An OJ Movie Review – Swing Vote


(two and a half out of five flags)

Kevin Costners latest movie is about a presidential election that comes down to one man’s vote. Now there’s some vague technicality, and I’m not giving anything away by saying you don’t really know that he’s the deciding vote and I don’t think I’d ruin anything by saying you don’t find out how he votes.

The family dynamics in the film are the driving force in this Disney comedy. Bud is an alcoholic egg inspector with a precocious 12 year old daughter who is desperately trying to hold on to her faith in her father. When he begins to see how much he is failing her, he begins to change.

It really is a very cute movie with some sweet father-daughter moments. There is also a very wrenching mother-daughter moment where you appreciate how functional Bud is by comparison.

It was a bit disappointing that at the moment he’s lost his job at the egg factory because of another late morning start, he laments how he doesn’t have health care for his child. I don’t know what construction work he used to do, or what out-dated technical job he may have used to perform, he doesn’t do it now and he laments not having first world social conveniences. This a perfectly able bodied man unable to give the minimum effort to holding any job and he blames society for the lacking. It steers later into him admitting he is an alcoholic who cant hold a steady job, but then in the next scene he sternly asks “why does it cost so much to live here?”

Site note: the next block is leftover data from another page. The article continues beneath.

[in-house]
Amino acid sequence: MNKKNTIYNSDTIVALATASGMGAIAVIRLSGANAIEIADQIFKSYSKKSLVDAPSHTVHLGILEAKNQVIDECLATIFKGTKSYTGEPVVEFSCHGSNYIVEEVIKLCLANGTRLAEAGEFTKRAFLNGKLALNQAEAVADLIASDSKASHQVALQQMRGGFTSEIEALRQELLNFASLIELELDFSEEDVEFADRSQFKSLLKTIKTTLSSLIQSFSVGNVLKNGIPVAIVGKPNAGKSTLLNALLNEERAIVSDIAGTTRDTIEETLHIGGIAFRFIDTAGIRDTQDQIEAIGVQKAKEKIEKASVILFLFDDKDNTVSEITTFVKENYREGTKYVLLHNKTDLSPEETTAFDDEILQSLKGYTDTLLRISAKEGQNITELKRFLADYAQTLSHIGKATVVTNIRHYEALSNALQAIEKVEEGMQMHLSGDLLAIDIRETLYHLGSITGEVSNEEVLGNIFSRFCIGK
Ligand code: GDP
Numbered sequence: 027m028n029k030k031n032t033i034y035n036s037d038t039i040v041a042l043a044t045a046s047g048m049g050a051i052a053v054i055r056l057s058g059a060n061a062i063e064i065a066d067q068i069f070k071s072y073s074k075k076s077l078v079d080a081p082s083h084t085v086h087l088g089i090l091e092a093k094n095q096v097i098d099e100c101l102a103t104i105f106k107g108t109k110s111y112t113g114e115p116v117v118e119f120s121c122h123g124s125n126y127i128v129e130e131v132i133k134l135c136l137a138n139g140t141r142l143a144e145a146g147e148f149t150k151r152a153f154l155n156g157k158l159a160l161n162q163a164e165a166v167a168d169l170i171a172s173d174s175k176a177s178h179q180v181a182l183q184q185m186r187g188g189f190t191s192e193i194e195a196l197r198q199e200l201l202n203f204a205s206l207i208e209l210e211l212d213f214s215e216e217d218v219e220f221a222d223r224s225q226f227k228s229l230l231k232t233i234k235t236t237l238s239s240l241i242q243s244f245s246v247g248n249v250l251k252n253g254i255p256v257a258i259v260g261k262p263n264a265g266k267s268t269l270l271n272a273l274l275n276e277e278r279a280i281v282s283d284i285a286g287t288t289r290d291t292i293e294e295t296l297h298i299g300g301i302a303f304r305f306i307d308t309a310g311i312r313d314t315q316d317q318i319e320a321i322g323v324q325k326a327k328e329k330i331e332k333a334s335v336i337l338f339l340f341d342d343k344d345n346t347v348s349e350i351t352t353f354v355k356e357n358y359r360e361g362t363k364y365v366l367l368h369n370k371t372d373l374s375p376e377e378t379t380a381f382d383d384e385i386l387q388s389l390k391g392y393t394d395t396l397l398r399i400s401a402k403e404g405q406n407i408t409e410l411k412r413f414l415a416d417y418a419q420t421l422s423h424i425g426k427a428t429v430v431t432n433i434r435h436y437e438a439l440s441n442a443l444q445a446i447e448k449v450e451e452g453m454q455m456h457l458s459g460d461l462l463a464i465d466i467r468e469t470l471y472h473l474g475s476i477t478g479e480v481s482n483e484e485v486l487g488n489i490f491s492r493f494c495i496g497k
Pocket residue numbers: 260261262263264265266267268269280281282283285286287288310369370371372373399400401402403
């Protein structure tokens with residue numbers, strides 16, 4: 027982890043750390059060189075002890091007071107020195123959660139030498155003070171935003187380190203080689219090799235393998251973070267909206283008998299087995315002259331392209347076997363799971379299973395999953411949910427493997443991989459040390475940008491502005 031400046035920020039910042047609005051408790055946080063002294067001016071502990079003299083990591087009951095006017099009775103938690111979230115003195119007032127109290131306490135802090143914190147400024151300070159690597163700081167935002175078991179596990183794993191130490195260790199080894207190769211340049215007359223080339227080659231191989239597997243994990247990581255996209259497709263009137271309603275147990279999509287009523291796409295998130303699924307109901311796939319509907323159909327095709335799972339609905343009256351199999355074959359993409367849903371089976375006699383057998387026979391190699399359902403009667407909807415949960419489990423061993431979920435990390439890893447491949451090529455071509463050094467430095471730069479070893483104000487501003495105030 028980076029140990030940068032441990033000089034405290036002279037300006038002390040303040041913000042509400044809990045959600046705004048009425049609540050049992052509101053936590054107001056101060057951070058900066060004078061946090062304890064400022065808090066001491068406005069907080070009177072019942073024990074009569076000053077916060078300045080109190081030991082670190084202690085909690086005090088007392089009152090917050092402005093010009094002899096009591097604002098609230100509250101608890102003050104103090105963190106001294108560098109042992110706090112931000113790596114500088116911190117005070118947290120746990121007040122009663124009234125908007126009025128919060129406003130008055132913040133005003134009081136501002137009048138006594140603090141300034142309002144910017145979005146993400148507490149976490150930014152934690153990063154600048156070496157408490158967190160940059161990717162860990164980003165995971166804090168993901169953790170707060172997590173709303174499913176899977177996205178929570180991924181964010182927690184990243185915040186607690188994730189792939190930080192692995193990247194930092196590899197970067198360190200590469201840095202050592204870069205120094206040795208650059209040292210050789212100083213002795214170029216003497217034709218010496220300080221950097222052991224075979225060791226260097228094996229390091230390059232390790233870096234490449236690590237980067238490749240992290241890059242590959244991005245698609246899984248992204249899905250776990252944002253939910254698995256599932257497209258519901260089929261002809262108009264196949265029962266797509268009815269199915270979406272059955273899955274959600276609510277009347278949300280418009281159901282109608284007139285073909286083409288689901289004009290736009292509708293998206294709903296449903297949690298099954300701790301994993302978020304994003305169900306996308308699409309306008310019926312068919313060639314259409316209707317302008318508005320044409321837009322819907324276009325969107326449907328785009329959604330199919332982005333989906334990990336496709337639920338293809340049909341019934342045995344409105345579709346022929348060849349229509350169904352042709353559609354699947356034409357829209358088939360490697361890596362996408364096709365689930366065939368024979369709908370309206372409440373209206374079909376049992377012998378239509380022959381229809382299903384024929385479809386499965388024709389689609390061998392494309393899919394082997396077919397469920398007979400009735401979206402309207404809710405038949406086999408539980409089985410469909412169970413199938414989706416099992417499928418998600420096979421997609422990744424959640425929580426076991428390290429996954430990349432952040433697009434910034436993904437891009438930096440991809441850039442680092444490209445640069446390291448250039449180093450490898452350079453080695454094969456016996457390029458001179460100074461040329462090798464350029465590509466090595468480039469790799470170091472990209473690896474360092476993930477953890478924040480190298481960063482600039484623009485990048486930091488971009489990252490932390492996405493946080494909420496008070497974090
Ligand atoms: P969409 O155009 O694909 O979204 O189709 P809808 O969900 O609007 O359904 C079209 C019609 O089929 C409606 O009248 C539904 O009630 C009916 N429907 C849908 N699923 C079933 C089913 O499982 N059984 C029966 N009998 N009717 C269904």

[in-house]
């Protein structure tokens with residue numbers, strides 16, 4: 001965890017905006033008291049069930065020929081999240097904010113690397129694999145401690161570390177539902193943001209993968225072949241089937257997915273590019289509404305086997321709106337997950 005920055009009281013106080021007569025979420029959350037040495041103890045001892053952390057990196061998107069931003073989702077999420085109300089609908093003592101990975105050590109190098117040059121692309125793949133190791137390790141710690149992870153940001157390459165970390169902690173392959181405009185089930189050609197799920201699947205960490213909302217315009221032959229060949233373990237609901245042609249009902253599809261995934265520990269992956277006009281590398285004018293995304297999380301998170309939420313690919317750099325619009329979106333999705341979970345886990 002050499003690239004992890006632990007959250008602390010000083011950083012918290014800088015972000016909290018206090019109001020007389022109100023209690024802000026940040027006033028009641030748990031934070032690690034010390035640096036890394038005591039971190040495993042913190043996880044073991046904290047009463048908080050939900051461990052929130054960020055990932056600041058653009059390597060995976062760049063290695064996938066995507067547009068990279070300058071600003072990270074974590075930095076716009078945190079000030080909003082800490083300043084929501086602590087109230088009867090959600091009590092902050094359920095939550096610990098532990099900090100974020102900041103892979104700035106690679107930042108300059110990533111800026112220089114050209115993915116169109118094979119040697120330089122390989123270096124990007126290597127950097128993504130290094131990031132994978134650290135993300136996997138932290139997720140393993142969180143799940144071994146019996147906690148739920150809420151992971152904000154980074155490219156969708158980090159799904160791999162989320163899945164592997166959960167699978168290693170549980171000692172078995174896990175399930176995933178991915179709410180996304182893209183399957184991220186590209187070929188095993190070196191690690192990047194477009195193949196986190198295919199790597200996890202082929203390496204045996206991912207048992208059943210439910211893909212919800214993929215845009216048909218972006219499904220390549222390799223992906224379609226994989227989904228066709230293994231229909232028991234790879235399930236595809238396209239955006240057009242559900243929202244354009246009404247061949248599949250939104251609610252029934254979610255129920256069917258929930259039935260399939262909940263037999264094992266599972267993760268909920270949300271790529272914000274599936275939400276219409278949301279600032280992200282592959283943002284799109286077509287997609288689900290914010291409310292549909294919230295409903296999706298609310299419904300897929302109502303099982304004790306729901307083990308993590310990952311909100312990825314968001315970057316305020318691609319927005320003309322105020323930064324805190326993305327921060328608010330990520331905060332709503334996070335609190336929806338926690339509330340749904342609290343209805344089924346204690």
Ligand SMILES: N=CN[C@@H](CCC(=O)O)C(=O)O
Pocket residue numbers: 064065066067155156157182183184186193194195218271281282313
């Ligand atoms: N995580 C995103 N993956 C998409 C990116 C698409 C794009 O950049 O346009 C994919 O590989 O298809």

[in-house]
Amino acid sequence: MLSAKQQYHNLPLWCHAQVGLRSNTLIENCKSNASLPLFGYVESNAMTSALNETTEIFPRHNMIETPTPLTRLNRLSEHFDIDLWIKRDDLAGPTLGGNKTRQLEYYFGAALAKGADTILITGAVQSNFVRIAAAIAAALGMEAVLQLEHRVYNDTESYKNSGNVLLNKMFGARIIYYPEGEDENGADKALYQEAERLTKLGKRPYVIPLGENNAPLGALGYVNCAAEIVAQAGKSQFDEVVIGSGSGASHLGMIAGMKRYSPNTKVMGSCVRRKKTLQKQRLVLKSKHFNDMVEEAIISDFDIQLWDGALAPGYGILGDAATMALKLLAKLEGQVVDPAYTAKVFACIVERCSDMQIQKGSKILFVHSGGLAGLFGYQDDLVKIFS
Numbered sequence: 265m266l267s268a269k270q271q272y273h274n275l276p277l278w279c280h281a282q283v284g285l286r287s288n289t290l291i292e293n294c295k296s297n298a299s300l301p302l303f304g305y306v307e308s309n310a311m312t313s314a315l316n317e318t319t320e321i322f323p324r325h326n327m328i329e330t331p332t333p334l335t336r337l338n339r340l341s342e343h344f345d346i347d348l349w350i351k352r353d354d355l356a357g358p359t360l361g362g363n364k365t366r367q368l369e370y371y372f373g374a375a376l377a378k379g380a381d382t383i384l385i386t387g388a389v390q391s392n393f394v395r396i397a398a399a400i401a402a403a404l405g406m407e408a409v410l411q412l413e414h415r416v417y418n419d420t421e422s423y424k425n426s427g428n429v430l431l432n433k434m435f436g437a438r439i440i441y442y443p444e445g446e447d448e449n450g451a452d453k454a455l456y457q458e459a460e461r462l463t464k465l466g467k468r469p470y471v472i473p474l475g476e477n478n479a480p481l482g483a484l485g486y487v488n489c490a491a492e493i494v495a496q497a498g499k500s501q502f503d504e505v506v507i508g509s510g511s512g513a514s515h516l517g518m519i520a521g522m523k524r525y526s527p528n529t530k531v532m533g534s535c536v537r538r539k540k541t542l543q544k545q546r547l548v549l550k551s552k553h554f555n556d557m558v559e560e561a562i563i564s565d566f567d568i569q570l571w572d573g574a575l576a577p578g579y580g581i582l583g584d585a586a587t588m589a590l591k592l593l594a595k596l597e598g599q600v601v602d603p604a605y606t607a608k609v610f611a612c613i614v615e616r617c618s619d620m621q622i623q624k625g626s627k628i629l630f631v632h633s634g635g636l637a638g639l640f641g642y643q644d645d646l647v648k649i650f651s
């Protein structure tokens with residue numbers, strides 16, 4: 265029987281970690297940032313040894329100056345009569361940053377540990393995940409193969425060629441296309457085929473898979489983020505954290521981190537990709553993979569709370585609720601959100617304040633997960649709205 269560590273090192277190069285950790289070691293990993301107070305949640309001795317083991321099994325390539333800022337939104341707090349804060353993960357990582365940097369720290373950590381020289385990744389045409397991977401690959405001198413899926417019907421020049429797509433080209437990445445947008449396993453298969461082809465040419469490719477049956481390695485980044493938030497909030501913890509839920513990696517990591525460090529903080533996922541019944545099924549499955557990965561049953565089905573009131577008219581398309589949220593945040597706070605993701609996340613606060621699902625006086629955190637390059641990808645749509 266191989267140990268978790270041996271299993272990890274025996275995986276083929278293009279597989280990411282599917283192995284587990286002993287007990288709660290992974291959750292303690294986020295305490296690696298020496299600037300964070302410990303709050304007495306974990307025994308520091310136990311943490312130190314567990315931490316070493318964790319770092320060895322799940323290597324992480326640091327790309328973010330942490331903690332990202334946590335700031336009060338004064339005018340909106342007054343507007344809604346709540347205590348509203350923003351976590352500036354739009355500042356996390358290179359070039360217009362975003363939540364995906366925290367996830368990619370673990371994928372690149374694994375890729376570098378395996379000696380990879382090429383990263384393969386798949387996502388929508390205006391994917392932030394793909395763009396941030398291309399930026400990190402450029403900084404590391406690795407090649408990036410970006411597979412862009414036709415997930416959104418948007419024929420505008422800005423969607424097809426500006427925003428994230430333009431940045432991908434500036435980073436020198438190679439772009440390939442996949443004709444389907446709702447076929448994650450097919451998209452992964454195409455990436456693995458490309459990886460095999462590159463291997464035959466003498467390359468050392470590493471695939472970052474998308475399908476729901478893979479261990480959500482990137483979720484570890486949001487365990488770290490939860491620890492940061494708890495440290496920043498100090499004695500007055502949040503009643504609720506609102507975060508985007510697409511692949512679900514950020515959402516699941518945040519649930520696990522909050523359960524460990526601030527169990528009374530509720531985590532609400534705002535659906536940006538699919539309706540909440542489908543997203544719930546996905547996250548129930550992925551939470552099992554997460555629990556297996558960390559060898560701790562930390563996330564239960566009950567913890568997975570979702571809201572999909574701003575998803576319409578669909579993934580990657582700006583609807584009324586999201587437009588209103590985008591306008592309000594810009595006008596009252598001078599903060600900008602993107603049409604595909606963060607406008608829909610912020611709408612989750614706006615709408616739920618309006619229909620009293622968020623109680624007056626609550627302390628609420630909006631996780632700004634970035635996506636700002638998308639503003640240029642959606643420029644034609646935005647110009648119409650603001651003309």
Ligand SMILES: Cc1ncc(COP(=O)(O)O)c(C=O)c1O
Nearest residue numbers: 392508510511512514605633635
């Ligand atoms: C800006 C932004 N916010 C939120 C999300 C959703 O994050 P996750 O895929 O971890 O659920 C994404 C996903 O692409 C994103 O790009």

The really amusing scenes are the two presidential candidates who descend on the town and the horde of media who follow. And just to indicate where Bud is filled in on current events, when he’s asked “What do you think about pro-life? he answers “I love life.” The follow up question: “So you’re pro-life?” Answer: “Isn’t everybody?” And in-sourcing is another funny one. See it and you’ll understand.

Being a former campaign manager and now full-time political cynic, the behaviors of these two campaigns, who now have only this “one man” to campaign for, do not do anything any real campaign isn’t capable of but they do it in a VERY amusing way.

All comes down to a crucial speech before his deciding vote. It’s a Capraesque speech, incorporating big ideas into everyday language, and Costner delivers it with dignity, avoiding various pitfalls easily imagined. The speech doesn’t make anyone very happy, but that’s the idea.

The movie really tries to stay bipartisan, and really exemplifies the notion that politicians will say whatever it takes to get elected.

NEXT MOVIE REVIEW: Oliver Stone’s ‘W’

About Terry Crowley